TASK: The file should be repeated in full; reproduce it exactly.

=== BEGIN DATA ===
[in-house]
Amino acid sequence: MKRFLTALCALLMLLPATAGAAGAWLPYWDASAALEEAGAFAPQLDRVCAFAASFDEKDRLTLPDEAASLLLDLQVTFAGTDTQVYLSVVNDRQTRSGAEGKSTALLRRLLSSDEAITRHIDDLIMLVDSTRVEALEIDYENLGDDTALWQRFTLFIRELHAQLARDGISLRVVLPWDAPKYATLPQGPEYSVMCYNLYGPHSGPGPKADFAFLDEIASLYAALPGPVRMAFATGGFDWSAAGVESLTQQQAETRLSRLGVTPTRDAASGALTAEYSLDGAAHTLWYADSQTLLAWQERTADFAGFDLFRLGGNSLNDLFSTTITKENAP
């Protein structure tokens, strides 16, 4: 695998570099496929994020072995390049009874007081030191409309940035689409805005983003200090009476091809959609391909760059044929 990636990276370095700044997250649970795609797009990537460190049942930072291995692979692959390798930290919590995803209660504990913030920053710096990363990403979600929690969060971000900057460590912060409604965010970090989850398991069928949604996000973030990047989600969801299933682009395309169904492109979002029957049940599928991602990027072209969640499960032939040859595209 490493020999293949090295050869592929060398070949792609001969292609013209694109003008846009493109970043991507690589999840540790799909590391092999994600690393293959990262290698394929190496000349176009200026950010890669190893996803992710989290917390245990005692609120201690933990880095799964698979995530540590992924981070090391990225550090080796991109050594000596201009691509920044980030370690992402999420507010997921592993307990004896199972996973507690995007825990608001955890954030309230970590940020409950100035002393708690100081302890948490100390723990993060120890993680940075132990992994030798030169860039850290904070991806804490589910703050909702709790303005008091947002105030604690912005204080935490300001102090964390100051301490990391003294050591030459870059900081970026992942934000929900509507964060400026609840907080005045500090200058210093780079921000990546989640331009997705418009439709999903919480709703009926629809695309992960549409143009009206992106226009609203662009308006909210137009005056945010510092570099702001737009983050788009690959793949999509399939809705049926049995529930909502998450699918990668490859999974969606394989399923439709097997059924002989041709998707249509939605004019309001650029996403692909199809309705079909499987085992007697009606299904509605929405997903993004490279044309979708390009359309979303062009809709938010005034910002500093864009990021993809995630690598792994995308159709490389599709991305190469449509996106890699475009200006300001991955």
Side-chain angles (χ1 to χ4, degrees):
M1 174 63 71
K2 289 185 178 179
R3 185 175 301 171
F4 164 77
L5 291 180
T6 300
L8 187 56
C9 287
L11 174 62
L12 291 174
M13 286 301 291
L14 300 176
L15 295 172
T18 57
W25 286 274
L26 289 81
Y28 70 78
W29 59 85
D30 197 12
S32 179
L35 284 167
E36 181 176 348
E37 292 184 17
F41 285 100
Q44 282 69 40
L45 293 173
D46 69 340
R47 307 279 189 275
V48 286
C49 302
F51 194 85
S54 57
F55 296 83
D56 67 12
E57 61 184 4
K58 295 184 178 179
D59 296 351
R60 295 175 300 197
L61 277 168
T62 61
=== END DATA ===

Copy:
[in-house]
Amino acid sequence: MKRFLTALCALLMLLPATAGAAGAWLPYWDASAALEEAGAFAPQLDRVCAFAASFDEKDRLTLPDEAASLLLDLQVTFAGTDTQVYLSVVNDRQTRSGAEGKSTALLRRLLSSDEAITRHIDDLIMLVDSTRVEALEIDYENLGDDTALWQRFTLFIRELHAQLARDGISLRVVLPWDAPKYATLPQGPEYSVMCYNLYGPHSGPGPKADFAFLDEIASLYAALPGPVRMAFATGGFDWSAAGVESLTQQQAETRLSRLGVTPTRDAASGALTAEYSLDGAAHTLWYADSQTLLAWQERTADFAGFDLFRLGGNSLNDLFSTTITKENAP
């Protein structure tokens, strides 16, 4: 695998570099496929994020072995390049009874007081030191409309940035689409805005983003200090009476091809959609391909760059044929 990636990276370095700044997250649970795609797009990537460190049942930072291995692979692959390798930290919590995803209660504990913030920053710096990363990403979600929690969060971000900057460590912060409604965010970090989850398991069928949604996000973030990047989600969801299933682009395309169904492109979002029957049940599928991602990027072209969640499960032939040859595209 490493020999293949090295050869592929060398070949792609001969292609013209694109003008846009493109970043991507690589999840540790799909590391092999994600690393293959990262290698394929190496000349176009200026950010890669190893996803992710989290917390245990005692609120201690933990880095799964698979995530540590992924981070090391990225550090080796991109050594000596201009691509920044980030370690992402999420507010997921592993307990004896199972996973507690995007825990608001955890954030309230970590940020409950100035002393708690100081302890948490100390723990993060120890993680940075132990992994030798030169860039850290904070991806804490589910703050909702709790303005008091947002105030604690912005204080935490300001102090964390100051301490990391003294050591030459870059900081970026992942934000929900509507964060400026609840907080005045500090200058210093780079921000990546989640331009997705418009439709999903919480709703009926629809695309992960549409143009009206992106226009609203662009308006909210137009005056945010510092570099702001737009983050788009690959793949999509399939809705049926049995529930909502998450699918990668490859999974969606394989399923439709097997059924002989041709998707249509939605004019309001650029996403692909199809309705079909499987085992007697009606299904509605929405997903993004490279044309979708390009359309979303062009809709938010005034910002500093864009990021993809995630690598792994995308159709490389599709991305190469449509996106890699475009200006300001991955």
Side-chain angles (χ1 to χ4, degrees):
M1 174 63 71
K2 289 185 178 179
R3 185 175 301 171
F4 164 77
L5 291 180
T6 300
L8 187 56
C9 287
L11 174 62
L12 291 174
M13 286 301 291
L14 300 176
L15 295 172
T18 57
W25 286 274
L26 289 81
Y28 70 78
W29 59 85
D30 197 12
S32 179
L35 284 167
E36 181 176 348
E37 292 184 17
F41 285 100
Q44 282 69 40
L45 293 173
D46 69 340
R47 307 279 189 275
V48 286
C49 302
F51 194 85
S54 57
F55 296 83
D56 67 12
E57 61 184 4
K58 295 184 178 179
D59 296 351
R60 295 175 300 197
L61 277 168
T62 61